The dust is yet to fully settle in the battle for the Democratic nomination even though the marathon that was the primary and caucus season has finally reached its official conclusion.
In the middle of it, and to her great credit, Senator Hillary Clinton took time out to attend the first round in a forum that is this year envisaged as a rolling event that, when it too concludes, will hopefully have featured appearances by those who emerged during the primaries as the three leading White House contenders: Clinton, Barack Obama and John McCain.
Clinton was criticized during her primary campaign for pumping up her role in bringing peace to Northern Ireland, buy anyone who attended the New York forum session that she graced with her presence in early April would have immediately been impressed by Clinton’s clear grasp of, and familiarity with, the issues still pertaining to a lasting and just peace in Ireland.
The other two candidates have yet to speak to Irish Americans by means of the forum, but we look forward in keen anticipation to their doing so in the near future.
In the case of Barack Obama, there have been indications from his campaign in relation to Ireland but none would ultimately match an appearance before a forum audience.
The Obama campaign has been reluctant to engage with individual lobby and pressure groups that might have concerns that extend beyond the border of the United States. But if the senator from Illinois is to fully forge a broad-based relationship with voters he will have to engage in the particular as well as the general.
As for John McCain? Well, Irish America knows the senator from Arizona quite well, much of this knowledge being gleaned from McCain’s earlier criticism of President Bill Clinton’s groundbreaking Irish policies.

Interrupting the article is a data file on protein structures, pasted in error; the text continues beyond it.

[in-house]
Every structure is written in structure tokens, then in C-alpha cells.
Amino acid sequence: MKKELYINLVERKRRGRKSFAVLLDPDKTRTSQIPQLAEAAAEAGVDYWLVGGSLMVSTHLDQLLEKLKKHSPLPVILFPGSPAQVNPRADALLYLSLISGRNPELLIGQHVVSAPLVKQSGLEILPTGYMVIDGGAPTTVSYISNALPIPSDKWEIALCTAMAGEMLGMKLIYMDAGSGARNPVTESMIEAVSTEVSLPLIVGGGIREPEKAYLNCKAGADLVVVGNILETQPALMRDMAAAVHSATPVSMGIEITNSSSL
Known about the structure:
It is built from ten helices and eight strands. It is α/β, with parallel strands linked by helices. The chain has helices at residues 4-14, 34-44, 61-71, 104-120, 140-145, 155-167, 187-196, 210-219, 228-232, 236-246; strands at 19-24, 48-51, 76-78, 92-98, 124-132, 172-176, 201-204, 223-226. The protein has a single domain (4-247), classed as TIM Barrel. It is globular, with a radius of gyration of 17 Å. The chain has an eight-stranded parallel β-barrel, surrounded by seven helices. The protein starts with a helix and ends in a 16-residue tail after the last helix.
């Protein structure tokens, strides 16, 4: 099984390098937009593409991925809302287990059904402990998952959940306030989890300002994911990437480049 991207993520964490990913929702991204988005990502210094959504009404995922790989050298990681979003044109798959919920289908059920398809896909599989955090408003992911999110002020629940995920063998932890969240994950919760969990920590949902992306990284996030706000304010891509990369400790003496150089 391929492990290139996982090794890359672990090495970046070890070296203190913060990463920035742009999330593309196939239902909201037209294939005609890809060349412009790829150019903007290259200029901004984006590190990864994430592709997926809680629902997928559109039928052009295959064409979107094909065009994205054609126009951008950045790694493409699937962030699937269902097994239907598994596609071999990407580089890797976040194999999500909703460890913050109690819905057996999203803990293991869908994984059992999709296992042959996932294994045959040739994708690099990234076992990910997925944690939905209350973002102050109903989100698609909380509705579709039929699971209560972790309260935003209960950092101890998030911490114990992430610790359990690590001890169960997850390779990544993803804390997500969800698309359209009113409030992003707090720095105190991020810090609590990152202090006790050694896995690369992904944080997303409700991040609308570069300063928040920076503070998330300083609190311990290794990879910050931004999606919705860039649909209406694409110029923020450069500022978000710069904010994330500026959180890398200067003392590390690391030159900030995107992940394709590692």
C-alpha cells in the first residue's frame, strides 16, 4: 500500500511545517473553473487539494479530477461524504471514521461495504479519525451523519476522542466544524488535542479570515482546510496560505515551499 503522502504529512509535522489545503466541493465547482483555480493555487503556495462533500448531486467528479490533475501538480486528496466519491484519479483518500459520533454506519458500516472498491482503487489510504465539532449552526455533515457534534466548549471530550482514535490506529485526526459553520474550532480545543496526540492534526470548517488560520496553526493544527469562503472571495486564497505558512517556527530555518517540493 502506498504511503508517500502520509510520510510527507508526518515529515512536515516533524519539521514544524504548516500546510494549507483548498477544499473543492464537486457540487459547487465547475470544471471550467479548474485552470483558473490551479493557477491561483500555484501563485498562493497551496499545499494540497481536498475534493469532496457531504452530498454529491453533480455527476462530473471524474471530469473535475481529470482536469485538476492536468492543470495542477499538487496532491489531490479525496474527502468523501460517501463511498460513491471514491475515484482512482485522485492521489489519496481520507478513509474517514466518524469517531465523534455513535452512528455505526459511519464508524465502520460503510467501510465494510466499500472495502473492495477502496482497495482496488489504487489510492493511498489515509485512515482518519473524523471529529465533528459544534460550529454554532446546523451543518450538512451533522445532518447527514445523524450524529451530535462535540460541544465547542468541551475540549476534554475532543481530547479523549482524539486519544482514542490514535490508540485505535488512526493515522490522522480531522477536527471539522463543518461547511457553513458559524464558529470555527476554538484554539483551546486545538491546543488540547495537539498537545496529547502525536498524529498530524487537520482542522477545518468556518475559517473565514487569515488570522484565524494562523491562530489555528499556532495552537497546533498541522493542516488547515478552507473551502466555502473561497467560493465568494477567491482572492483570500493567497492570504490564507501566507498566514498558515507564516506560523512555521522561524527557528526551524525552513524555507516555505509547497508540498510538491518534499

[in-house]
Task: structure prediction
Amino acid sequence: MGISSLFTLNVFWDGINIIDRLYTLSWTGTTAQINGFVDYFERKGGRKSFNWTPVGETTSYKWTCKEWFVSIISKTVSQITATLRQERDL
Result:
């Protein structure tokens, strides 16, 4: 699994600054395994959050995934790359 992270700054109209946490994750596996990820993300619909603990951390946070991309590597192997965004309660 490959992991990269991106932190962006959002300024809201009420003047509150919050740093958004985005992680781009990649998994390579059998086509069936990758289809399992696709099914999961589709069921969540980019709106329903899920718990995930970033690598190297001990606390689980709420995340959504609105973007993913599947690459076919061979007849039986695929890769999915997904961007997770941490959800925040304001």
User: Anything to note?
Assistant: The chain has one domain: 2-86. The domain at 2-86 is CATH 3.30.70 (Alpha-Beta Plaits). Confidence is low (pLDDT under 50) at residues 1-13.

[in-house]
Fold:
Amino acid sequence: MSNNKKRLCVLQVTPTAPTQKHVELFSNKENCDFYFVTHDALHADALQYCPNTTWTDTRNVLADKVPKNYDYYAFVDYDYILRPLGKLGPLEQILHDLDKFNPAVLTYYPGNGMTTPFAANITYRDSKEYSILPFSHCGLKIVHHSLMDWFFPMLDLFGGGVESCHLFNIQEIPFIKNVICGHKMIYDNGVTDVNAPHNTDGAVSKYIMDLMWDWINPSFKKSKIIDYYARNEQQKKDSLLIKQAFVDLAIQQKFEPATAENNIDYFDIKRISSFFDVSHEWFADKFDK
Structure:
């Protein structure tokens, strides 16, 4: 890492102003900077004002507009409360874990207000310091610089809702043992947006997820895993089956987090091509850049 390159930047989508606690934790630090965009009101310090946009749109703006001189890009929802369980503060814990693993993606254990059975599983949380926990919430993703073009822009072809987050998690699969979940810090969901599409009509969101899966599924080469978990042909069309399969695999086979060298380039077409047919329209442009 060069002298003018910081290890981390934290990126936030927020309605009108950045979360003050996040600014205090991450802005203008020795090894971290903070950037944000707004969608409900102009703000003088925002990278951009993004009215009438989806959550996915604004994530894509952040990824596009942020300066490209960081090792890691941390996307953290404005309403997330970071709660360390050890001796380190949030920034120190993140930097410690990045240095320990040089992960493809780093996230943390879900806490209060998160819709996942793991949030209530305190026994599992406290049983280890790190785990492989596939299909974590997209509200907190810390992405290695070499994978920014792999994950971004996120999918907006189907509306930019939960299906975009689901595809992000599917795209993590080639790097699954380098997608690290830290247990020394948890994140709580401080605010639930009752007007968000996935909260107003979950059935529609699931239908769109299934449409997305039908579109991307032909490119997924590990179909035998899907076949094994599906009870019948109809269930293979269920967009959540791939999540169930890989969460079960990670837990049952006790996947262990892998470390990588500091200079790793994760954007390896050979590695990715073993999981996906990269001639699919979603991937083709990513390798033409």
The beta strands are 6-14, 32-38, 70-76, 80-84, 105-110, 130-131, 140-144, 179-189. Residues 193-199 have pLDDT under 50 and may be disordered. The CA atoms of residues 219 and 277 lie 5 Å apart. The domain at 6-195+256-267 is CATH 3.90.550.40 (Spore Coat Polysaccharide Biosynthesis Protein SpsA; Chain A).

But that was another time. McCain has been on something of learning curve with regard to Ireland for some time now. He even undertook his own intervention in the effort to bring a power sharing government to Belfast by speaking with Ian Paisley, this at the request of then British Prime Minister Tony Blair.
McCain stands poised to make a significant contribution to forum history by being the first Republican nominee to turn up.
McCain is no stranger at this point to Irish-organized affairs. He has spoken at gatherings convened by the American Ireland Fund and the Irish Lobby for Immigration Reform. He has been feted at a fundraiser in New York hosted by the National Assembly of Irish American Republicans.
McCain’s reported desire for his forum appearance to take place in Philadelphia is a clear sign that he sees a chance for himself in Pennsylvania in November ass well as Irish American voters across the country.
Be that as it may. Philadelphia well deserves a forum anyway given its prominence in the story of the Irish in America and its unique status in the history of our nation’s constitutional governance.